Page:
A new training exercise that took place across four states tested Marines' mettle to carry out missions like embassy evacuations and pilot rescues as the steady deployment of land-based crisis response units becomes the new norm. As the Special Purpose Marine Air-Ground Task Force - Crisis Response - Central Command falls into a steady deployment cycle, the certification exercise that Marines must complete before they deploy has taken shape.
Marine officials have created a new certification exercise to test units on tap to deploy with the Corps' crisis response unit for the Middle East. It's designed to mimic missions Marines deploying with Special Purpose Marine Air-Ground Task Force-Crisis Response-Central Command will be called on to carry out.
Marines deploying in coming months, including members of 7th Marine Regiment, completed the certification exercise — or CERT-EX — at Joint Forces Training Center-Los Alamitos, California, in mid-February. The scenario they faced could have been pulled from recent news headlines.
"CERT-EX is intended to replicate as closely as possible what we are going to do in theater and the environment we would do it in," said Col. Jay Bargeron, 7th Marine Regiment's commander.
It was the first time Marines have completed the certification exercise in preparation for a deployment with SPMAGTF-Crisis Response-Central Command.
"This special purpose MAGTF has only been around for the last couple of years, so we really haven't gotten to the point where we've done this," Bargeron said.
Participating units included: 3rd Battalion, 7th Marines; Marine Fighter Attack Squadron 232; Marine Medium Tiltrotor Squadron 165; and Marine Aerial Refueler Transport Squadron 352.
Over the nine day exercise, the Marines carried out training missions in Southern California, Arizona, Nevada and Idaho. They had to show that they could recover a down pilot and aircraft, conduct mass casualty evacuations, theater security and stability operations, stability operations, provide humanitarian assistance and reinforce embassy security.
Marines and sailors with 3rd Battalion, 7th Marines use riot control tactics to respond to violent protesters attempting to get past their security checkpoint during an embassy reinforcement scenario on Joint Forces Training Base Los Alamitos, Calif., on Feb. 12. The Marines are preparing to deploy with Special Purpose Marine-Air Ground Task Force-Crisis Response-Central Command.
Photo Credit: Lance Cpl. Garrett White/Marine Corps
Marines faced civil unrest and rising anti-American sentiment at a mock American embassy somewhere in the Middle East. Marines with 3/7 were tasked with setting up vehicle control points, maintaining security, and using non-less-than lethal force.
Around the same time, Marines currently deployed with SPMAGTF-Crisis Response-Central Command were responding to a area of operation was handling a tense crisis in Yemen. Rebels took control of the country's capital, bringing unrest to the streets of Sana'a. and tThe State Department had to close the U.S. Embassy there, and Marines its embassy. Marines had to bolstered security as the diplomatic personnel were evacuated. so Diplomats and others could evacuate as violence grew.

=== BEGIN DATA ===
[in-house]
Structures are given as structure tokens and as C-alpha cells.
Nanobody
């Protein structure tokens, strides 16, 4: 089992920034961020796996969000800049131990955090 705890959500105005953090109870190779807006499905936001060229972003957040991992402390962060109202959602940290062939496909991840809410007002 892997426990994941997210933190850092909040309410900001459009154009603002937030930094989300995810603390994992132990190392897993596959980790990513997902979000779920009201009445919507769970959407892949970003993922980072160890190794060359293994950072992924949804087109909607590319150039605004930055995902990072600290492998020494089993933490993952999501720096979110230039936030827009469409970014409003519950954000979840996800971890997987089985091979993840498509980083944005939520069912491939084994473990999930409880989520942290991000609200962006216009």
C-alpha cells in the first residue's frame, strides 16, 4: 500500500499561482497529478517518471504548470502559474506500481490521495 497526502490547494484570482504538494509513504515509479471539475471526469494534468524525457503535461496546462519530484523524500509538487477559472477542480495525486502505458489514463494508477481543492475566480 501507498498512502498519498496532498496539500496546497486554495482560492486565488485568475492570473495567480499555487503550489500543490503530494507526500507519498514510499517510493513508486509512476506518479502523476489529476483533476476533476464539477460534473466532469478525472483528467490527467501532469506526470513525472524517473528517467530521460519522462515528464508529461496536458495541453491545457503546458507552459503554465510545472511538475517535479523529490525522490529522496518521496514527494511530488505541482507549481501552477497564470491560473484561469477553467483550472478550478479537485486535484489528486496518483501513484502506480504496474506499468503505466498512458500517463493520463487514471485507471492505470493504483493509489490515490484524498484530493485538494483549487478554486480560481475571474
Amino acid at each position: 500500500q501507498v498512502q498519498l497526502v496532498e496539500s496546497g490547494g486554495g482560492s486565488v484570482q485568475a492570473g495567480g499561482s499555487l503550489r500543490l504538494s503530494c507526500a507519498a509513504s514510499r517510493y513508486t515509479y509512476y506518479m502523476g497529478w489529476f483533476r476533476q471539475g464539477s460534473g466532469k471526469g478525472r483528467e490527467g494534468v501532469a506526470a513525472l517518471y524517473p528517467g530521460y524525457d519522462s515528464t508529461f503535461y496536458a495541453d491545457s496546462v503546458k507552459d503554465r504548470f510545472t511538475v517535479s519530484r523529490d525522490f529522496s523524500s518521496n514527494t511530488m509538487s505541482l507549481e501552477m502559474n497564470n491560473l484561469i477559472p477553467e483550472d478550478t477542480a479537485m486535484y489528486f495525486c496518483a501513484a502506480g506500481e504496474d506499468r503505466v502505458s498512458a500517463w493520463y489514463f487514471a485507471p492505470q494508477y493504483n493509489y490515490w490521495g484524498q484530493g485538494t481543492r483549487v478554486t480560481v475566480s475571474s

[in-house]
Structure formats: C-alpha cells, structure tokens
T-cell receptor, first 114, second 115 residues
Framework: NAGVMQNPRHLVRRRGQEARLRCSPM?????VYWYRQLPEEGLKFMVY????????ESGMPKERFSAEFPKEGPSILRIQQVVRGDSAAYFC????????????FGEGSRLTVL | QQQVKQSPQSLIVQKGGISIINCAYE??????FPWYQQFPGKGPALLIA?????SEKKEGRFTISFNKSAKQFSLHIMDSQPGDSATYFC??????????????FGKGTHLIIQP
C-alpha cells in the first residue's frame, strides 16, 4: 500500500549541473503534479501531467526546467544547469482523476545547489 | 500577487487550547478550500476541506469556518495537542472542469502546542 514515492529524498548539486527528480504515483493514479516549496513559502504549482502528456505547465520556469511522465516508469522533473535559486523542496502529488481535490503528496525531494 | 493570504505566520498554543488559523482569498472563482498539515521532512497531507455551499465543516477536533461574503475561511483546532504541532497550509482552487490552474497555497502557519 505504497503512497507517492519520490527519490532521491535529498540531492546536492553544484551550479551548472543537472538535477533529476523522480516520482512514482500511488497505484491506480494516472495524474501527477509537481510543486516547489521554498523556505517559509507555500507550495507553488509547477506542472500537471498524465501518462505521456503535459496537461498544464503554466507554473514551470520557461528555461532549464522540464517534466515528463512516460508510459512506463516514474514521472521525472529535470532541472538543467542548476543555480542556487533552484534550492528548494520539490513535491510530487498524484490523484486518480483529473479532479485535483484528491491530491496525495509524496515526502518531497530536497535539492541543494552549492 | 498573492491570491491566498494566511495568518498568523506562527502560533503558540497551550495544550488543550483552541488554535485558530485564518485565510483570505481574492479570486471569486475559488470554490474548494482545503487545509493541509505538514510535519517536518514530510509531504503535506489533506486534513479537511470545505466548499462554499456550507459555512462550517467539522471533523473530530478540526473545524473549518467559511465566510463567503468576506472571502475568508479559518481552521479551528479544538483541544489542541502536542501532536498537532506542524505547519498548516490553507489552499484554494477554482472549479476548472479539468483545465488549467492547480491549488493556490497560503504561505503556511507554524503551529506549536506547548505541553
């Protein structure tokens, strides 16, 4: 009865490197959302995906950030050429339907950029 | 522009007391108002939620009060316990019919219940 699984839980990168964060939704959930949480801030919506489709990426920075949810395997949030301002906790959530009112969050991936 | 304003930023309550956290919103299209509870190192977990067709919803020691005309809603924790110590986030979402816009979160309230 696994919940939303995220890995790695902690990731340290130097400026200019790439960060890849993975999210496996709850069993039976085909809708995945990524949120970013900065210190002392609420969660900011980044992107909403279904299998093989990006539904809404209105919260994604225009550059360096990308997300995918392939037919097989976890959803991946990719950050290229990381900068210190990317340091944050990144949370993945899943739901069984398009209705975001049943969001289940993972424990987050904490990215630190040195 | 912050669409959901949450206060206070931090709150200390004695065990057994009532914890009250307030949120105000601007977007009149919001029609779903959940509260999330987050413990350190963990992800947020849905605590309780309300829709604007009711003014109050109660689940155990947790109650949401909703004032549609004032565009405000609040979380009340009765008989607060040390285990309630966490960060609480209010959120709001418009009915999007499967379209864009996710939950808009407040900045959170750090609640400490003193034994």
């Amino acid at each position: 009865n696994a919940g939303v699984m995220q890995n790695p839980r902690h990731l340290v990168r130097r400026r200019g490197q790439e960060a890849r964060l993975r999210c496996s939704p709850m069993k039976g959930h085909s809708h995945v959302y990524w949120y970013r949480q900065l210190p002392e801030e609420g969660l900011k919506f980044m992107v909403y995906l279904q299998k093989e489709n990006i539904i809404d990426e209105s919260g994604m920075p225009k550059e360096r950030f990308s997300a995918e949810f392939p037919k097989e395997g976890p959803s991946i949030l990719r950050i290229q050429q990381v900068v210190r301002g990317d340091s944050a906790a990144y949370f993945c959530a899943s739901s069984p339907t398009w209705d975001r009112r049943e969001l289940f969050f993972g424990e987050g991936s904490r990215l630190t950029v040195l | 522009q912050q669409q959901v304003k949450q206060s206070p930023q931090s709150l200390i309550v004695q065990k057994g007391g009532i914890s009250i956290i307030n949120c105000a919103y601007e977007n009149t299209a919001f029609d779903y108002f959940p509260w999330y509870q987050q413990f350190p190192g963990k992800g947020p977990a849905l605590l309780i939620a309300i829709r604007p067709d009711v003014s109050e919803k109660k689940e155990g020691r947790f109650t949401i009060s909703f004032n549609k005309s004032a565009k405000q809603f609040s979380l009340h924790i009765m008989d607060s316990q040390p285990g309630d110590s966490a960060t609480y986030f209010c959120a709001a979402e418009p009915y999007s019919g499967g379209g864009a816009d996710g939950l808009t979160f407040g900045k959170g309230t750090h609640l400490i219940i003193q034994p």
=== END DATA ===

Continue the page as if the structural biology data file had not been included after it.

While CERT-EX drill in California wasn't based specifically based on the situation in what was going on Yemen, the similarities were intentional.
Bargeron said other Marine units deploying with the crisis response force can expect to participate in similar training as they complete their predeployment work-ups. Exactly what sort of capabilities they'll be tested on will almost certainly change as situations in the Middle East change, he said.
"As time goes on, these will definitely evolve, and they will evolve to the environment and missions in theater," he said.
The CERT-EX for the special purpose MAGTF is The SP-MAGTF work-up schedule is similar to those Marine expeditionary units complete before deploying, but crisis response mission capabilities are tested. ones used to prepare Marine Expeditionary Units to go to se. Both exercises units follow a process that begins with training the individual unit and work up towards training as a MAGTF. then a team of Marines until the entire group trains together. Eventually there's a The certification exercises measure whether the units y're to determine if they meet performance standards for their deployment. "It's definitely a command and control challenge," Bargeron said. "It's a mental challenge. You have to come to it from an individual perspective, then an element perspective, then a MAGTF level."
CERT-EX was a success, Bargeron said, and the The certification went well and Marines were approved for their spring deployment, Bargeron said. Once overseas, the units will be scattered around the U.S. Central Command area of operations. The unit operating there now is in the SP-MAGTF there now is in at least Jordan, Kuwait and United Arab Emirates.